A little extra weight
Look no nicer
On nobody else
~ Violent Femmes
It is a lie that nothing tastes as good as thin feels, but consider this: I blew the ass out of my jeans this week.
When we moved to San Diego in 2006, I had a tan line and weighed 86 kilos. Five years later, the tan is gone and I tip the scales at 104 kilos. For those more accustomed to pounds and ounces, that rounds out to around two and a half new ounces each week for the last 5 years.
|Cringed when I saw this printed in the local paper
The result? 230 pounds of Rowley.
Whether you think in grams or pounds, there’s no denying: I’ve grown obese.
As an adult, I’ve never been particularly concerned about my actual weight. For better or worse, I’ve always been able to define my own space in a crowd. Standing 6’ tall with size 12 shoes and broad shoulders, I can pull off 210 muscled pounds and feel confident enough to peel off a shirt while working in the yard. But let that muscle atrophy and the fat balloon? It’s no wonder my pants couldn’t take the strain.
Since childhood, I’ve wavered between husky, thick, muscled, and, occasionally, flat-out fat. My father, on seeing me for the first time in a year, recently remarked, “Looks like you’re not missing any meals.” It’s true. I’d tapered off going to the gym in 2009 and, sometime in the last year, just stopped altogether. I did not, however, stop eating like someone who worked out regularly.
In addition, work has kept me increasingly tethered to computers — and chairs. With the onset of a sedentary life, the tan faded. My waistline inched up. That San Diego is extremely casual and few meetings call for suits or ties let me easily overlook the fact that several of my suit jackets no longer close and my old shirts won’t button at the neck.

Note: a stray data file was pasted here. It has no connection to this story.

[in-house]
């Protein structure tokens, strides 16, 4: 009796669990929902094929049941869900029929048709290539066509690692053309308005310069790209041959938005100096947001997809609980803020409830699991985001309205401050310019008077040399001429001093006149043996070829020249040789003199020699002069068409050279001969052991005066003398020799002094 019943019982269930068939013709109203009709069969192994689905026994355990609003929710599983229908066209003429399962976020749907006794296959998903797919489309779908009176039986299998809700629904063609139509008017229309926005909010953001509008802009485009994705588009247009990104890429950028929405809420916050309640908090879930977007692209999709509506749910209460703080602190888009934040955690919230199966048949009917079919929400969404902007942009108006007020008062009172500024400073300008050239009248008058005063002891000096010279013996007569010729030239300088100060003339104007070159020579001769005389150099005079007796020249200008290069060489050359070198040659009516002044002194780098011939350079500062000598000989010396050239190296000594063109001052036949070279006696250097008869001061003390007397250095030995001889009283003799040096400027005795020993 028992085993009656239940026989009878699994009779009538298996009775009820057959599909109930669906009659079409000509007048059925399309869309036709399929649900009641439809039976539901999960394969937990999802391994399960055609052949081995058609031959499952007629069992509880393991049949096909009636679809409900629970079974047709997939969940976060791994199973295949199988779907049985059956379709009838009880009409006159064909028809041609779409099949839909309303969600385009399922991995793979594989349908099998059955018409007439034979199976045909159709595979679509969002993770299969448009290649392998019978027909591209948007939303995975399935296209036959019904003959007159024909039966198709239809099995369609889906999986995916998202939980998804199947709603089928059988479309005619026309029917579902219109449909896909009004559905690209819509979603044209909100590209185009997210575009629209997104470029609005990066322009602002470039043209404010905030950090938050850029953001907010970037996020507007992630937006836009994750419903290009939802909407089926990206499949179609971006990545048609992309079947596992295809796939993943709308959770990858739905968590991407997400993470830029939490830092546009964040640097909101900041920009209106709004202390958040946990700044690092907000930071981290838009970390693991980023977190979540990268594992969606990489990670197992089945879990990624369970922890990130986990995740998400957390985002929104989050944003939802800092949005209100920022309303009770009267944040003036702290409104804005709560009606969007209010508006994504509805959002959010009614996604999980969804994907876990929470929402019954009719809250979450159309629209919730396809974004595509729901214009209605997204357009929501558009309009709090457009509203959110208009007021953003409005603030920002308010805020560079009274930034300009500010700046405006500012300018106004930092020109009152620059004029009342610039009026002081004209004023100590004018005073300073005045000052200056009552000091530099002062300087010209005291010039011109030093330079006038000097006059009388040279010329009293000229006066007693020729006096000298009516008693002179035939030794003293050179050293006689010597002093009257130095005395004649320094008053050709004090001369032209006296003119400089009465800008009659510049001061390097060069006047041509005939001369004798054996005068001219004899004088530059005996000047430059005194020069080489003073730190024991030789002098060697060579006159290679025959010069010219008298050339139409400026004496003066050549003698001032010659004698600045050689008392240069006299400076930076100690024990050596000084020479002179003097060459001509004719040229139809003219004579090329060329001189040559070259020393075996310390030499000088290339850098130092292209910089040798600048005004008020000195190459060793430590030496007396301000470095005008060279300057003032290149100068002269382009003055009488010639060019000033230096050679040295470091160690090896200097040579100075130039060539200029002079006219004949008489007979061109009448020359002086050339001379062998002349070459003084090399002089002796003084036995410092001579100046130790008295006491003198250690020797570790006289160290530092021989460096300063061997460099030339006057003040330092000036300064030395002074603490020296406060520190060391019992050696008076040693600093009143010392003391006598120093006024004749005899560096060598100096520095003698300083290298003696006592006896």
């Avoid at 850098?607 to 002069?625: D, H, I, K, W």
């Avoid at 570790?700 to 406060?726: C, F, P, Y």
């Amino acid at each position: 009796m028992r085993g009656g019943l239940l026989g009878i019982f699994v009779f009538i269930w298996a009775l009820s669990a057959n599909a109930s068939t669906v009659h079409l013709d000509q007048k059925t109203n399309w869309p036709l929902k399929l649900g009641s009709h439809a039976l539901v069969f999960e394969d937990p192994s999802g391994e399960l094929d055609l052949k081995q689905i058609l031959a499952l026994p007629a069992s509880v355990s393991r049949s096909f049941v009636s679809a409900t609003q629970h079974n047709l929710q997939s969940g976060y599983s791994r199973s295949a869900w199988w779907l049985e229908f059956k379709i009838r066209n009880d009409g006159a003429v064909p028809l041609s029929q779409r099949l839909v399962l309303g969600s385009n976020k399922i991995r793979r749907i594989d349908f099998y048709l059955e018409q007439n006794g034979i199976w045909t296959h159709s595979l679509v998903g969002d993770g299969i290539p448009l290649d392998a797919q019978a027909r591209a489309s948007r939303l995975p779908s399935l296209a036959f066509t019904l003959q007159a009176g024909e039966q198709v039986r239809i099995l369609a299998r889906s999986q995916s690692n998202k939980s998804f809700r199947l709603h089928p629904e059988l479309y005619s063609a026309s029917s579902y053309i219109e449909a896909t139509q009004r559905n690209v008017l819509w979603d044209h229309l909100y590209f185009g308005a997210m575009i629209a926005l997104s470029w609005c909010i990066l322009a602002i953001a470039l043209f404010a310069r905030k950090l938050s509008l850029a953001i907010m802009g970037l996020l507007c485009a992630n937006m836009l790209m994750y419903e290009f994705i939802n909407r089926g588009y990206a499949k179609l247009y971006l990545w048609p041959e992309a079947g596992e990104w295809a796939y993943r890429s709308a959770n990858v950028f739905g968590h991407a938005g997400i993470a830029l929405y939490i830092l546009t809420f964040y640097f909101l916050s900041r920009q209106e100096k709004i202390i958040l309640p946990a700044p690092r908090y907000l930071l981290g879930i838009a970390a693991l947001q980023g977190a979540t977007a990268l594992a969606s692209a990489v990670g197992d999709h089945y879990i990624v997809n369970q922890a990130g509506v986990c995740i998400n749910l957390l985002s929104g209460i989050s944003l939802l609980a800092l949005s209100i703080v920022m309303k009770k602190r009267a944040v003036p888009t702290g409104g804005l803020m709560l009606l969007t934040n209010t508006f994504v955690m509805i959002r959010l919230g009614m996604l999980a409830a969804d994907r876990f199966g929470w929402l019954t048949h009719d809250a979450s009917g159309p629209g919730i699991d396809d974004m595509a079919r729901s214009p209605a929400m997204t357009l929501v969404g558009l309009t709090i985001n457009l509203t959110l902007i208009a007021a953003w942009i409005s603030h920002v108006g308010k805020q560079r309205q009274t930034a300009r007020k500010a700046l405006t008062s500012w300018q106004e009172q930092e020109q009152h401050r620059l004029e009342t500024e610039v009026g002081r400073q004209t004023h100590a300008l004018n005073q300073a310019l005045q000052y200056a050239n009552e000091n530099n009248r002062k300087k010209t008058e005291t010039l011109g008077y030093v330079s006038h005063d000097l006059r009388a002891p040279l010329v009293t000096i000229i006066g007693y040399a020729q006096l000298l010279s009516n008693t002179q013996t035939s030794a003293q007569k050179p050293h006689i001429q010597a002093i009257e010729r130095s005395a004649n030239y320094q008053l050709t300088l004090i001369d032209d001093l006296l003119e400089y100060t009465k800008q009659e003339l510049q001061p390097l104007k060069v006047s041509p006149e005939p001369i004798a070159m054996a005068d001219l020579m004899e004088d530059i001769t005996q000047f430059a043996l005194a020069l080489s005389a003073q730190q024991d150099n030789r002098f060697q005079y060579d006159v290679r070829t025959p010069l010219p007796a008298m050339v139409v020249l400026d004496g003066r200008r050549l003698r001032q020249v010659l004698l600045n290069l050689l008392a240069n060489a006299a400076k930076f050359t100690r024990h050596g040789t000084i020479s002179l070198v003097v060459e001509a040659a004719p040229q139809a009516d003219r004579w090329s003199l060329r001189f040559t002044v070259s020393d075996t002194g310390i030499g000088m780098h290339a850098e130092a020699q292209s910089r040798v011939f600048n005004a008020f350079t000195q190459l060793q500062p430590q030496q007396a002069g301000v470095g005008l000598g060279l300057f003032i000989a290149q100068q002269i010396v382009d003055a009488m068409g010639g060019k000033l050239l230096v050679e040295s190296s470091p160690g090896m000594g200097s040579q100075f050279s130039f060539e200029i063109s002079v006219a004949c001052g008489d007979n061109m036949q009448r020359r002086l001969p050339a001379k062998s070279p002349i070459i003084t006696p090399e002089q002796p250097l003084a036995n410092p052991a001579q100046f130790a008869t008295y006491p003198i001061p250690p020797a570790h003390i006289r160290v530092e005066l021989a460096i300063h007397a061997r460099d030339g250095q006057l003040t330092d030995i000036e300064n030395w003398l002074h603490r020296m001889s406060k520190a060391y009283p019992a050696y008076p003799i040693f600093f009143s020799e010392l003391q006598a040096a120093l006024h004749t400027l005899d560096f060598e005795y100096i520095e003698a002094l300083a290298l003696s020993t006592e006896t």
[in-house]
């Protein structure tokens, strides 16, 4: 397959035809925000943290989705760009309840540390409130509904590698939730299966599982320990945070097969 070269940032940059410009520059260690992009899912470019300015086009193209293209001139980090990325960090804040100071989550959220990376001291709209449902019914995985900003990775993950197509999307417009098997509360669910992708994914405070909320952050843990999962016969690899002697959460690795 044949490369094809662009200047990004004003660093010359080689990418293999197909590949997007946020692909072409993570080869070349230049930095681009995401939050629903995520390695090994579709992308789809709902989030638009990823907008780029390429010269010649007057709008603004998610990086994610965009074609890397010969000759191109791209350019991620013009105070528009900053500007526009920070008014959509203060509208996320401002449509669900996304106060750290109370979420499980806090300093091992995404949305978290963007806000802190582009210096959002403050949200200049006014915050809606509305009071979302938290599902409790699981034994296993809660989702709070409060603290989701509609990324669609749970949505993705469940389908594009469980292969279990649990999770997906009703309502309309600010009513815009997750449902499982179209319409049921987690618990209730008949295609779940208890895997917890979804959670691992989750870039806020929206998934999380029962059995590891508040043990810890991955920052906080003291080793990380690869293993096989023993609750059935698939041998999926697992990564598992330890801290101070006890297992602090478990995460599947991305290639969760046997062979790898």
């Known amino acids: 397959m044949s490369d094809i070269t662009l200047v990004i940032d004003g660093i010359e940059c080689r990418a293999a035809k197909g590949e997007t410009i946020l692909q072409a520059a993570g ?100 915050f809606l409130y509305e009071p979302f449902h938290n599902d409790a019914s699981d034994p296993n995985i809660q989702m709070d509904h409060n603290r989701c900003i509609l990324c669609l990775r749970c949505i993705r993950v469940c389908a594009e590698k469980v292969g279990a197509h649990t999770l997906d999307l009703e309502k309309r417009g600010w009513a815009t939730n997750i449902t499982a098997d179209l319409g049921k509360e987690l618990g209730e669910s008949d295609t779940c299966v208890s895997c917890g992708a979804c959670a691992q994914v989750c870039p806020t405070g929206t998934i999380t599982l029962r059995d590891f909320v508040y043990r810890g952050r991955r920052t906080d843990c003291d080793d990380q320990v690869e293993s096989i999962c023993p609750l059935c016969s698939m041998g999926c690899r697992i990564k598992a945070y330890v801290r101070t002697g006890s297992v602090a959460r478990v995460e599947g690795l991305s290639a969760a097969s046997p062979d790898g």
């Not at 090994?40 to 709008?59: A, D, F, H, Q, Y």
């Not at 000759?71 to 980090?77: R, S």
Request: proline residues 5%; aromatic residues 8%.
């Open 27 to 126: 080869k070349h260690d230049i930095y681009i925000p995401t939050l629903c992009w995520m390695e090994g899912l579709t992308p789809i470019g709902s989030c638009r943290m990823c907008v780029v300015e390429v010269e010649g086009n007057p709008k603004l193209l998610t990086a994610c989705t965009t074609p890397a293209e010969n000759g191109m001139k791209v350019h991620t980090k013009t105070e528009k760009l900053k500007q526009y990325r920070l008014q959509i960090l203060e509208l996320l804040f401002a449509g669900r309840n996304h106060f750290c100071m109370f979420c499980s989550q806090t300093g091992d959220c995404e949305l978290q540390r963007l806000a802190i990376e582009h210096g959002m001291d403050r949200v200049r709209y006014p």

Drinking hasn’t helped. Unless it’s for work, I don’t drink alcohol during workdays. But the fact is, I write about and for distilleries and their products. Sampling spirits and cocktails at distilleries and bars is what I do. Even on an off night at home, my preference for tiki drinks — pumped with fruit juices and syrups of passion fruit, ginger, cinnamon, vanilla, almonds, pomegranates, and more exotic tastes — means that I consume an enormous quantity of calories in cocktails alone. Lately, I've reverted to my old habit of after-dinner whiskey. Just whiskey.
I am tired of being fat; of snoring at night because the flesh of my neck now interferes with normal breathing; of getting winded after running up stairs; of rotating through the same four pants because only they fit; of catching despondent looks from my family who clearly worry about my health and whether I’m going to be around in five years, much less 20 or 30.
So. Spring cleaning, physical and mental.
With a deep and resigned sigh, I cleared the fridge of most of the syrups, poured them down the drain, and dropped the bottles into the recycling bin. No more homemade raspberry, black pepper, marshmallow, or chocolate syrups. Threw out my beautiful golden schmaltz and the blessed bacon fat. Tossed the homemade ice creams and 86’d the frozen coffee cake.
Because the intense California sun can cause irreparable skin damage, I got a skin cancer screening this morning (all clear) and renewed my membership at 24 Hour Fitness. Tuned up my bike. Shaved off my beard (although skinny guys can have — and look great in — beards, it’s far too common for us fat bastards to hide our spreading jowls behind fur).
There are very few things that give me such unbridled pleasure as good food in good company and I dread — absolutely dread — the cooking I’ll be doing in 2011. But I do want to be around to see the end of the year. And of 2012. And of every year after for as long as I can.
Say hello if you see me at the gym. But please don’t laugh if I blow the ass out of my shorts; I’m working on it.